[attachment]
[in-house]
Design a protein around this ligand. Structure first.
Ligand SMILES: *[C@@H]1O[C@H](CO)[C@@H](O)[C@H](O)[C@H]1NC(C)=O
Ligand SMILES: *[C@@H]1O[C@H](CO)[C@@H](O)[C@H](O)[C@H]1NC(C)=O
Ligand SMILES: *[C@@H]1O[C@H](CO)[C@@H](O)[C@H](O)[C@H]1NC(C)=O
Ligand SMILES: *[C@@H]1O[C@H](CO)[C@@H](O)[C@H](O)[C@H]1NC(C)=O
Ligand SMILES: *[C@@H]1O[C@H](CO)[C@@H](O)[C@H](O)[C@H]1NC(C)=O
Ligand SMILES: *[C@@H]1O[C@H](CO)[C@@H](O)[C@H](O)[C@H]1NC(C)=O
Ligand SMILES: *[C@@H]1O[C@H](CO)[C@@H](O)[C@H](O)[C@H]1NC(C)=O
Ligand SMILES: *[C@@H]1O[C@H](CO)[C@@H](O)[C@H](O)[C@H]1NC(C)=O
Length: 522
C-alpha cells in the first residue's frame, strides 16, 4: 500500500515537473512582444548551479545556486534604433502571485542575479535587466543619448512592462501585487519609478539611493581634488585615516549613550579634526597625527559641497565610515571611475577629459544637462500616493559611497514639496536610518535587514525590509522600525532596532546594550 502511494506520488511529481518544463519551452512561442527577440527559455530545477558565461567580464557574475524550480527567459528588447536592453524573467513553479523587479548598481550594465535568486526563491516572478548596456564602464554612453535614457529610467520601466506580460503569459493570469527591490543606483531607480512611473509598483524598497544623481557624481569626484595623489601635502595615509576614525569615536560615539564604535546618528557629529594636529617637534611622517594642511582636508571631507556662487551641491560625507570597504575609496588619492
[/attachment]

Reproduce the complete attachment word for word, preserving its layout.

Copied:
[in-house]
Design a protein around this ligand. Structure first.
Ligand SMILES: *[C@@H]1O[C@H](CO)[C@@H](O)[C@H](O)[C@H]1NC(C)=O
Ligand SMILES: *[C@@H]1O[C@H](CO)[C@@H](O)[C@H](O)[C@H]1NC(C)=O
Ligand SMILES: *[C@@H]1O[C@H](CO)[C@@H](O)[C@H](O)[C@H]1NC(C)=O
Ligand SMILES: *[C@@H]1O[C@H](CO)[C@@H](O)[C@H](O)[C@H]1NC(C)=O
Ligand SMILES: *[C@@H]1O[C@H](CO)[C@@H](O)[C@H](O)[C@H]1NC(C)=O
Ligand SMILES: *[C@@H]1O[C@H](CO)[C@@H](O)[C@H](O)[C@H]1NC(C)=O
Ligand SMILES: *[C@@H]1O[C@H](CO)[C@@H](O)[C@H](O)[C@H]1NC(C)=O
Ligand SMILES: *[C@@H]1O[C@H](CO)[C@@H](O)[C@H](O)[C@H]1NC(C)=O
Length: 522
C-alpha cells in the first residue's frame, strides 16, 4: 500500500515537473512582444548551479545556486534604433502571485542575479535587466543619448512592462501585487519609478539611493581634488585615516549613550579634526597625527559641497565610515571611475577629459544637462500616493559611497514639496536610518535587514525590509522600525532596532546594550 502511494506520488511529481518544463519551452512561442527577440527559455530545477558565461567580464557574475524550480527567459528588447536592453524573467513553479523587479548598481550594465535568486526563491516572478548596456564602464554612453535614457529610467520601466506580460503569459493570469527591490543606483531607480512611473509598483524598497544623481557624481569626484595623489601635502595615509576614525569615536560615539564604535546618528557629529594636529617637534611622517594642511582636508571631507556662487551641491560625507570597504575609496588619492